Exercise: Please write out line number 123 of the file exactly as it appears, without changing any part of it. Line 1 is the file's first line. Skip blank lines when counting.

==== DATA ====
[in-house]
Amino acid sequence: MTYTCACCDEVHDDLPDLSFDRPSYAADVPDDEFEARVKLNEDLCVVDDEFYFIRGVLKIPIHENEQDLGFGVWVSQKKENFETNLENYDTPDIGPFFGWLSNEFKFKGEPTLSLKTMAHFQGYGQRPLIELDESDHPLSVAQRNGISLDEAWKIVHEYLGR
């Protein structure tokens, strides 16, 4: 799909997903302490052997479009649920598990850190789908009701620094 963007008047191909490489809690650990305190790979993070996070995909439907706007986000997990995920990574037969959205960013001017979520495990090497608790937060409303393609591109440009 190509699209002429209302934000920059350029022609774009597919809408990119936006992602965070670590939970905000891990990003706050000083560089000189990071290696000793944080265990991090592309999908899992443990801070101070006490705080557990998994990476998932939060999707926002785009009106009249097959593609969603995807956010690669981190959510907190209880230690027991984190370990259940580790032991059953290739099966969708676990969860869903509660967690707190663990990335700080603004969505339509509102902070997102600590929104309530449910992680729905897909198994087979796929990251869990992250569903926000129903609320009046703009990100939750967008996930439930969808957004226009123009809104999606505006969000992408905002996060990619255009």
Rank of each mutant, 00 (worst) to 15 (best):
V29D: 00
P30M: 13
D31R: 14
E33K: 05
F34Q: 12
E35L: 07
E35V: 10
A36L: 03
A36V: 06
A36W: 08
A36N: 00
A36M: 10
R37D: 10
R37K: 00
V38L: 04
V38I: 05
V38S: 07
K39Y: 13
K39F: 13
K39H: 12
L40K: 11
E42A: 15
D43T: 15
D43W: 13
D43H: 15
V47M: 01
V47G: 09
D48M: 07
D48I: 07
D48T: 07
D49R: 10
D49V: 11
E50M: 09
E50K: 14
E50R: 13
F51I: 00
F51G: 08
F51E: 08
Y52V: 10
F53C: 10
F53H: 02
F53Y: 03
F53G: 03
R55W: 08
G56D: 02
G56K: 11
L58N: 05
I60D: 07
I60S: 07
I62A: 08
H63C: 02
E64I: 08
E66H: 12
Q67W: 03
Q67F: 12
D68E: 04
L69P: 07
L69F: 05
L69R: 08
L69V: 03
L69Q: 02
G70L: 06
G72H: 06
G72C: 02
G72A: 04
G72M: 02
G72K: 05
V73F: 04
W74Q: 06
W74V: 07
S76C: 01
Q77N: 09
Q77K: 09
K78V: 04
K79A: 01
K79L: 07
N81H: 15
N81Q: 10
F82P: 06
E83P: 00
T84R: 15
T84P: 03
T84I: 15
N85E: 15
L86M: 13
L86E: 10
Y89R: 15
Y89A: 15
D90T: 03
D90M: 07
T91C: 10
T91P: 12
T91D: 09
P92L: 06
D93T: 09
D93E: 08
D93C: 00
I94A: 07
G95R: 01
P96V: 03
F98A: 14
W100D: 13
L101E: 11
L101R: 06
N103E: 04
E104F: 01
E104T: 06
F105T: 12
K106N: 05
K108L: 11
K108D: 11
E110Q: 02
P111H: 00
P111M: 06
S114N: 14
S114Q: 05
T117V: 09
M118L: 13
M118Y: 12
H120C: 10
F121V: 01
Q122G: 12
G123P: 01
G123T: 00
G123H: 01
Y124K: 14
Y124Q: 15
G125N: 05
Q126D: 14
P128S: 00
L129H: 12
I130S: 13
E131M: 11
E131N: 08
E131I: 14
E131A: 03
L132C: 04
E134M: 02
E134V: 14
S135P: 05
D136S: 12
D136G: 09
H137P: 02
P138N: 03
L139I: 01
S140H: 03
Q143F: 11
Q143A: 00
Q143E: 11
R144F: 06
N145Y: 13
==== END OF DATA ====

M118Y: 12